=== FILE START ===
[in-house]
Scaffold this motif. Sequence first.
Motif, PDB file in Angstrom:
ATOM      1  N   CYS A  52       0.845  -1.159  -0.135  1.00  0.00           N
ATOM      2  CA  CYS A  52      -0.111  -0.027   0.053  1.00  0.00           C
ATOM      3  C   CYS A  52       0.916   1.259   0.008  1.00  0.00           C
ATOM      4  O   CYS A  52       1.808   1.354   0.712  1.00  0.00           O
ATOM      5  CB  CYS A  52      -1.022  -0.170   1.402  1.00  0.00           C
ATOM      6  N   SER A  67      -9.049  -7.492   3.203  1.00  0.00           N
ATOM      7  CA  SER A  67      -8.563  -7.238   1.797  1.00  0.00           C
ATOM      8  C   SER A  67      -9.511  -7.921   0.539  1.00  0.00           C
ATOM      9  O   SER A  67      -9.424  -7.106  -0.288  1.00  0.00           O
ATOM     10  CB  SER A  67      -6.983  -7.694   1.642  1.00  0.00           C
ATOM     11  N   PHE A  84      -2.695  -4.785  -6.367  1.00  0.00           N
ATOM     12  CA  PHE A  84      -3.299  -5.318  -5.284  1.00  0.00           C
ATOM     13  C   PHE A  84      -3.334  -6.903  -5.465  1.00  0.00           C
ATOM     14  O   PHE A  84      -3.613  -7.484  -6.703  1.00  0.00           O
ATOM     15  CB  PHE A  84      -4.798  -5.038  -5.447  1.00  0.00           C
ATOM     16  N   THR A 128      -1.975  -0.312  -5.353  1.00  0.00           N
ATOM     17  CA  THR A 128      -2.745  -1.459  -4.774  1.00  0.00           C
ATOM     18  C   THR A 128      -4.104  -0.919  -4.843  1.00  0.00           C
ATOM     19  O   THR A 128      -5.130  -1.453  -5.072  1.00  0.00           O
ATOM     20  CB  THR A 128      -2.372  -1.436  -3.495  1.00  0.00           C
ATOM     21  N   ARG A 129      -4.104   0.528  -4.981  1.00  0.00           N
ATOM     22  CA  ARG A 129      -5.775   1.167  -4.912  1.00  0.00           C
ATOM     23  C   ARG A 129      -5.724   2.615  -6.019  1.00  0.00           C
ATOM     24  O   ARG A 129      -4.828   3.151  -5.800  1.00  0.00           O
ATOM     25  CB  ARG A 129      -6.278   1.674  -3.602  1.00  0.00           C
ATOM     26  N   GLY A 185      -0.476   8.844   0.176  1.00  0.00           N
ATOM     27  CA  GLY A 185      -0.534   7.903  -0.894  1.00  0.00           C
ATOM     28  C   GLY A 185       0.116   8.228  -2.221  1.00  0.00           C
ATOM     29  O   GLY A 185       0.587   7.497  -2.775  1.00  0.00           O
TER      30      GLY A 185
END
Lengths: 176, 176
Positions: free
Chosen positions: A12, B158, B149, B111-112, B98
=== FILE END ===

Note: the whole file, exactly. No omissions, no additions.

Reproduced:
[in-house]
Scaffold this motif. Sequence first.
Motif, PDB file in Angstrom:
ATOM      1  N   CYS A  52       0.845  -1.159  -0.135  1.00  0.00           N
ATOM      2  CA  CYS A  52      -0.111  -0.027   0.053  1.00  0.00           C
ATOM      3  C   CYS A  52       0.916   1.259   0.008  1.00  0.00           C
ATOM      4  O   CYS A  52       1.808   1.354   0.712  1.00  0.00           O
ATOM      5  CB  CYS A  52      -1.022  -0.170   1.402  1.00  0.00           C
ATOM      6  N   SER A  67      -9.049  -7.492   3.203  1.00  0.00           N
ATOM      7  CA  SER A  67      -8.563  -7.238   1.797  1.00  0.00           C
ATOM      8  C   SER A  67      -9.511  -7.921   0.539  1.00  0.00           C
ATOM      9  O   SER A  67      -9.424  -7.106  -0.288  1.00  0.00           O
ATOM     10  CB  SER A  67      -6.983  -7.694   1.642  1.00  0.00           C
ATOM     11  N   PHE A  84      -2.695  -4.785  -6.367  1.00  0.00           N
ATOM     12  CA  PHE A  84      -3.299  -5.318  -5.284  1.00  0.00           C
ATOM     13  C   PHE A  84      -3.334  -6.903  -5.465  1.00  0.00           C
ATOM     14  O   PHE A  84      -3.613  -7.484  -6.703  1.00  0.00           O
ATOM     15  CB  PHE A  84      -4.798  -5.038  -5.447  1.00  0.00           C
ATOM     16  N   THR A 128      -1.975  -0.312  -5.353  1.00  0.00           N
ATOM     17  CA  THR A 128      -2.745  -1.459  -4.774  1.00  0.00           C
ATOM     18  C   THR A 128      -4.104  -0.919  -4.843  1.00  0.00           C
ATOM     19  O   THR A 128      -5.130  -1.453  -5.072  1.00  0.00           O
ATOM     20  CB  THR A 128      -2.372  -1.436  -3.495  1.00  0.00           C
ATOM     21  N   ARG A 129      -4.104   0.528  -4.981  1.00  0.00           N
ATOM     22  CA  ARG A 129      -5.775   1.167  -4.912  1.00  0.00           C
ATOM     23  C   ARG A 129      -5.724   2.615  -6.019  1.00  0.00           C
ATOM     24  O   ARG A 129      -4.828   3.151  -5.800  1.00  0.00           O
ATOM     25  CB  ARG A 129      -6.278   1.674  -3.602  1.00  0.00           C
ATOM     26  N   GLY A 185      -0.476   8.844   0.176  1.00  0.00           N
ATOM     27  CA  GLY A 185      -0.534   7.903  -0.894  1.00  0.00           C
ATOM     28  C   GLY A 185       0.116   8.228  -2.221  1.00  0.00           C
ATOM     29  O   GLY A 185       0.587   7.497  -2.775  1.00  0.00           O
TER      30      GLY A 185
END
Lengths: 176, 176
Positions: free
Chosen positions: A12, B158, B149, B111-112, B98